Summer Film Series: Our Greek Story: Antiquity, Modernity and Destiny

August 11 2019 | 3:00pm to August 12 2019 | 3:55pm

Detroit’s Greek-American community started developing in the late 19th century, and really started booming with the high amount of immigrants coming from Greece and Cyprus after 1912. A big symbol of this community is the area of Detroit known as “Greektown”, an area of about two blocks in Downtown Detroit that today contains Greek restaurants, a pastry shop, dance clubs, a Greek Orthodox Church, and a casino. During the first half of the 20th century, Greektown was a very private place for Greeks, which at one time contained coffee houses where men would be at whenever they weren’t at work. The life of the people in the Greek community also revolved very much around the church. The church was a place for Greek families to come together and support each other, while Greektown was more of a place for the men to meet and come together in the coffee houses, which later became more heterogeneous. The church became a place for the Greeks to come together not only in a spiritual way, but also in a familial way.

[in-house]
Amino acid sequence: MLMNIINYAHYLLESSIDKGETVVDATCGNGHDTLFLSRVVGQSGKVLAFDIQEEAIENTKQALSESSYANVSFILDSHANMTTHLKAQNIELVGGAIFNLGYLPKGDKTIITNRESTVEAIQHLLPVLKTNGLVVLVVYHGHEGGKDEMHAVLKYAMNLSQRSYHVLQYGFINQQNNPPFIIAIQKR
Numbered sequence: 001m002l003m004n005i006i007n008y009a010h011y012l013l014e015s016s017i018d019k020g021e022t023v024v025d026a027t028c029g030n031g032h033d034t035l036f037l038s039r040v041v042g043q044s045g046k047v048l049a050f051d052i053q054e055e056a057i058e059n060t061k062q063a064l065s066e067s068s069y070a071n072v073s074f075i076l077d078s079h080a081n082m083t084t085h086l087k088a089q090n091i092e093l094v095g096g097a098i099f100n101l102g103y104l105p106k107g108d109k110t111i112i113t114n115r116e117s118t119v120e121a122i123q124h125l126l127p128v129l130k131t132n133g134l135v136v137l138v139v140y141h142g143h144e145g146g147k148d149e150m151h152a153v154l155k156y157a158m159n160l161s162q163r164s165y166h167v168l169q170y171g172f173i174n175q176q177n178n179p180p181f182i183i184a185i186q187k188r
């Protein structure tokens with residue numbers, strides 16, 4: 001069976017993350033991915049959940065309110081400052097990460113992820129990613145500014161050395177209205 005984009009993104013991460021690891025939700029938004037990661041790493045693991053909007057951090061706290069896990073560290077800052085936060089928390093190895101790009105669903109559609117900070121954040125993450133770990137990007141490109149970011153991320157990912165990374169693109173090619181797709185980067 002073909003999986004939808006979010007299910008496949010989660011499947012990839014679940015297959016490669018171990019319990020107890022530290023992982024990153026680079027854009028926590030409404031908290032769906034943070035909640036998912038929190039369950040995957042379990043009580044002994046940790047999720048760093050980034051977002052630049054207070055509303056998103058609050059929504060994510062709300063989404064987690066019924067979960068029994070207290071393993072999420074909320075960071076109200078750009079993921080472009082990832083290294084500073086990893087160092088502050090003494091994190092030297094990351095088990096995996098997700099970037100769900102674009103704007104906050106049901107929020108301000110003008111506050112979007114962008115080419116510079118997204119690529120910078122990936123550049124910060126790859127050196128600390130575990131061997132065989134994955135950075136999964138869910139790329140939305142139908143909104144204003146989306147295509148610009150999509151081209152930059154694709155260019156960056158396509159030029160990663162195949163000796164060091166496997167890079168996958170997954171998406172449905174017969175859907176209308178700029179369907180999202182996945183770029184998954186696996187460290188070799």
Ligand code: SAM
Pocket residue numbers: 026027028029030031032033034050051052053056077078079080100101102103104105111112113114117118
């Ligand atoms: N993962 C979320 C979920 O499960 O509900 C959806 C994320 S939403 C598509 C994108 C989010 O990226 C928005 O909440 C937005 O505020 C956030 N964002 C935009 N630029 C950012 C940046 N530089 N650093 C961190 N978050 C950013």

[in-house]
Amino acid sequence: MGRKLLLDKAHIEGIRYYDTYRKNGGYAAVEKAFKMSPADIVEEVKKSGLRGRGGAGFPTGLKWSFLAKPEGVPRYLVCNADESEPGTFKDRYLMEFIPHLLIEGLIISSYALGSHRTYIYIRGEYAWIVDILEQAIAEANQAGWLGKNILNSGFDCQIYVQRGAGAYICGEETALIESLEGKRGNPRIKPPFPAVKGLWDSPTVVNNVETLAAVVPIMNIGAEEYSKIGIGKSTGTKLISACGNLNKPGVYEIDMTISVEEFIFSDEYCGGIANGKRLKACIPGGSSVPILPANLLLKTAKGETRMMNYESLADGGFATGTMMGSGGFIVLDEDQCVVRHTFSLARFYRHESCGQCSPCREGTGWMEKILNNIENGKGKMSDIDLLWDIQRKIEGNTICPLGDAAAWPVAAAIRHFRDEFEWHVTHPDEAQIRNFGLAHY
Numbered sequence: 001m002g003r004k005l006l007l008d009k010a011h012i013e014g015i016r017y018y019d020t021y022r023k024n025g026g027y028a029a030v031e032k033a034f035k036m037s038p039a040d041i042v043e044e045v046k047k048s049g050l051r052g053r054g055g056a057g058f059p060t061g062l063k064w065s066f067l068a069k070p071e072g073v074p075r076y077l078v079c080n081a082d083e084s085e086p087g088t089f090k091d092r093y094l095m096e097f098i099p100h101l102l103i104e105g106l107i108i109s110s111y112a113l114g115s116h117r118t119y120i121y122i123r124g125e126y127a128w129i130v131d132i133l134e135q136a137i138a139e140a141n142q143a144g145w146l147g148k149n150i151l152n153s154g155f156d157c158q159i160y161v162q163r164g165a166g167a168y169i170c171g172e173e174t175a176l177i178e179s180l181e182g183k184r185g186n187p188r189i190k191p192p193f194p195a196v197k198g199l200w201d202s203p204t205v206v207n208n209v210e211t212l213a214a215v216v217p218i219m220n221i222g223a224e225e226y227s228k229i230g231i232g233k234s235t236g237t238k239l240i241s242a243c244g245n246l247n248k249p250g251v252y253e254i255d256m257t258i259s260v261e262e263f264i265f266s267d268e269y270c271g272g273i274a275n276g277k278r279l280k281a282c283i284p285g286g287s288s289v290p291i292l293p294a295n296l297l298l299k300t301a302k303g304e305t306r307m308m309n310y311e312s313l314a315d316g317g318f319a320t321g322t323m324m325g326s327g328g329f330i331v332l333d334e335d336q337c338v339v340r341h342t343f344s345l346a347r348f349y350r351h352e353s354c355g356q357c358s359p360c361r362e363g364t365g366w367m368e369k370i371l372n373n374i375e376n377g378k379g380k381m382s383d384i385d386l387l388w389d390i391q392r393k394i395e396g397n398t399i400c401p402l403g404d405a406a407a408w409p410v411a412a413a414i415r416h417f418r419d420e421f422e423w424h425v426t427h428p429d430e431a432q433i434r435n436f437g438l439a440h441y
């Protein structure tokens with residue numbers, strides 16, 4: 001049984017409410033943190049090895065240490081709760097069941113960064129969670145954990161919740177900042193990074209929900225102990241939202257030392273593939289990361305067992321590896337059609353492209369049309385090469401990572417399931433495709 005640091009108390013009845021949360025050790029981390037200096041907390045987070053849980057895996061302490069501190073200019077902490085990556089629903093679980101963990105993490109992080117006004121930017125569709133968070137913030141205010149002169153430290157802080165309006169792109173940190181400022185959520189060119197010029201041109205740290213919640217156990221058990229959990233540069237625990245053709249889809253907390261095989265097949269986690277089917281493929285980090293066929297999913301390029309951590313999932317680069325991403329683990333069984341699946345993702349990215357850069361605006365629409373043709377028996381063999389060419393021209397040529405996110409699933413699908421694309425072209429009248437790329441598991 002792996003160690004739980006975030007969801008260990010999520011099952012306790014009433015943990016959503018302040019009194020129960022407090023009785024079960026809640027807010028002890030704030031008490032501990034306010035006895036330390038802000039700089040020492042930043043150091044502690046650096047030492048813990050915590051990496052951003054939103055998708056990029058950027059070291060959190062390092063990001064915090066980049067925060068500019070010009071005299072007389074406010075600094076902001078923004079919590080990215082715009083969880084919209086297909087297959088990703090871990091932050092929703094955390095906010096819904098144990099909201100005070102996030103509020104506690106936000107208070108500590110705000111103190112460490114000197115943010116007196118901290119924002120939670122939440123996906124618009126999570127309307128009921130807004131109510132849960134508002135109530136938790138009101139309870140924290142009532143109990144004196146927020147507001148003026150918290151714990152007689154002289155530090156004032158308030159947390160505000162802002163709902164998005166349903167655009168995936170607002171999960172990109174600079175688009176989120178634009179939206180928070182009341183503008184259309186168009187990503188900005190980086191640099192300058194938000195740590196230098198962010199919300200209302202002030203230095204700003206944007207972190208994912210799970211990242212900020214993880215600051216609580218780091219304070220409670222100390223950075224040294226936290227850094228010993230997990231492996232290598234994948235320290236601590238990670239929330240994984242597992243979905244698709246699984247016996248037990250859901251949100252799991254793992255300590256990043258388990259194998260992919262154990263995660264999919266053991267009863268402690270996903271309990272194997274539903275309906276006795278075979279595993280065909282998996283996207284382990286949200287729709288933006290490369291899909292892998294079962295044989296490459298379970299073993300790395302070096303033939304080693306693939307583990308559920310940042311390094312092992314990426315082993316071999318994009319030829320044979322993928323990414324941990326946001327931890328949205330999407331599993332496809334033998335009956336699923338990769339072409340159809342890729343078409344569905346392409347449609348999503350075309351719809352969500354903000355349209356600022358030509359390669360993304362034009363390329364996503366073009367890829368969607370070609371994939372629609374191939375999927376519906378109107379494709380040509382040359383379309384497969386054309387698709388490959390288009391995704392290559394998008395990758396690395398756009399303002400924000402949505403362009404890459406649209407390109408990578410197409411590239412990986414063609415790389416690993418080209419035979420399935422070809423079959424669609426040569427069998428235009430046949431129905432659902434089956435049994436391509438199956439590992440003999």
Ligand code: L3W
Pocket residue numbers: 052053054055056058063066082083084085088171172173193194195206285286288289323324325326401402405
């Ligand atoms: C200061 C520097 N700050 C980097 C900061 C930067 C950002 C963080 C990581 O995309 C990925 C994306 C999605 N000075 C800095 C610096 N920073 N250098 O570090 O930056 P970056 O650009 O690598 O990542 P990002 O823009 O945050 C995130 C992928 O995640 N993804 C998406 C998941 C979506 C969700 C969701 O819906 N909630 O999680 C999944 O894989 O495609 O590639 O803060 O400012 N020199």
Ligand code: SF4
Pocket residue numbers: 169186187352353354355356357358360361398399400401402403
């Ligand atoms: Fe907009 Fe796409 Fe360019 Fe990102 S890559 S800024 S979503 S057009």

The Greeks were discriminated against when they came to America, so the only ones they could rely on were each other. That is why there were so many community organizations within the Greek community. In a sense, Greeks had to support each other, or else they wouldn’t have been able to survive economically, mentally, or emotionally.

Running time: 60 minutes. Shown at the Detroit Historical Museum. Admission is FREE.